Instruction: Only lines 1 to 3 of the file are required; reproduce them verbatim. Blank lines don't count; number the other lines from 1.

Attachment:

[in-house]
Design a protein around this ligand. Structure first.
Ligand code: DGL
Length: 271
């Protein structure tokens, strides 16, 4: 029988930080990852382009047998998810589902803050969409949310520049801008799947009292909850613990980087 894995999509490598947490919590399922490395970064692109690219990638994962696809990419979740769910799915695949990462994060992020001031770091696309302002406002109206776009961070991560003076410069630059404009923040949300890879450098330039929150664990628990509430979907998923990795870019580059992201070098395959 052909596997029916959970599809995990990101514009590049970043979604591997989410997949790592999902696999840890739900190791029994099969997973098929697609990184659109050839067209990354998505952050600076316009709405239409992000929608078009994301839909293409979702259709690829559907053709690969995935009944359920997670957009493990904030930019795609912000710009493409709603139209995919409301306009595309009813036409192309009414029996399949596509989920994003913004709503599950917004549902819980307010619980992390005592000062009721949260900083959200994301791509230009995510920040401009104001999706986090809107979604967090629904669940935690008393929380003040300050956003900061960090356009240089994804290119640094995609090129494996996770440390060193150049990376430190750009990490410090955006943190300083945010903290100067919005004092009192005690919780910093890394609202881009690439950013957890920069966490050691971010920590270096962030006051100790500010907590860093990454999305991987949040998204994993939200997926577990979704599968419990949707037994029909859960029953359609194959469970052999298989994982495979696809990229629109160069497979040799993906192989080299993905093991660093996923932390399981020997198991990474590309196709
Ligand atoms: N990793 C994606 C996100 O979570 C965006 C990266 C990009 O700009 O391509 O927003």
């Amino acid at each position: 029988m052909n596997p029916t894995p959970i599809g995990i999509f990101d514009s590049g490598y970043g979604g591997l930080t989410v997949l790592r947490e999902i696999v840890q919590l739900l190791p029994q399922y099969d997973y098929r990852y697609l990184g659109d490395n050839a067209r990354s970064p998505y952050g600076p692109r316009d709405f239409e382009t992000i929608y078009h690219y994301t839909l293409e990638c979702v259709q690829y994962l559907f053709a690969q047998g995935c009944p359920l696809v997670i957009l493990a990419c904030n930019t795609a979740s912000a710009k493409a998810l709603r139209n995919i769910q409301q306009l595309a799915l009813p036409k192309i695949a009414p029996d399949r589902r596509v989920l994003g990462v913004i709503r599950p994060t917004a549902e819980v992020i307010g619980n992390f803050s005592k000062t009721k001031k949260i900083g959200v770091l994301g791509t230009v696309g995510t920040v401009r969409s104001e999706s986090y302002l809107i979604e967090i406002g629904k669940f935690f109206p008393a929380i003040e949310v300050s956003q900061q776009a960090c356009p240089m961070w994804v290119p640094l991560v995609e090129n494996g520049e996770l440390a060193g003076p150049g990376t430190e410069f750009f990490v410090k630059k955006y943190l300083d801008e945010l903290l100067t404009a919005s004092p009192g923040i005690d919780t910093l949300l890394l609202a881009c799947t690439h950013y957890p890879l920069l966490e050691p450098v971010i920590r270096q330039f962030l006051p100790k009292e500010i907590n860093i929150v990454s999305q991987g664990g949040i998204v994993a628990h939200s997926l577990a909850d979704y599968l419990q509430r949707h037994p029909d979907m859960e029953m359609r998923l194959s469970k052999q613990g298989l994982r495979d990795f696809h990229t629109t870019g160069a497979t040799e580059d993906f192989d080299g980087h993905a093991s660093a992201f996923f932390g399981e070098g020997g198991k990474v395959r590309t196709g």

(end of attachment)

[in-house]
Design a protein around this ligand. Structure first.
Ligand code: DGL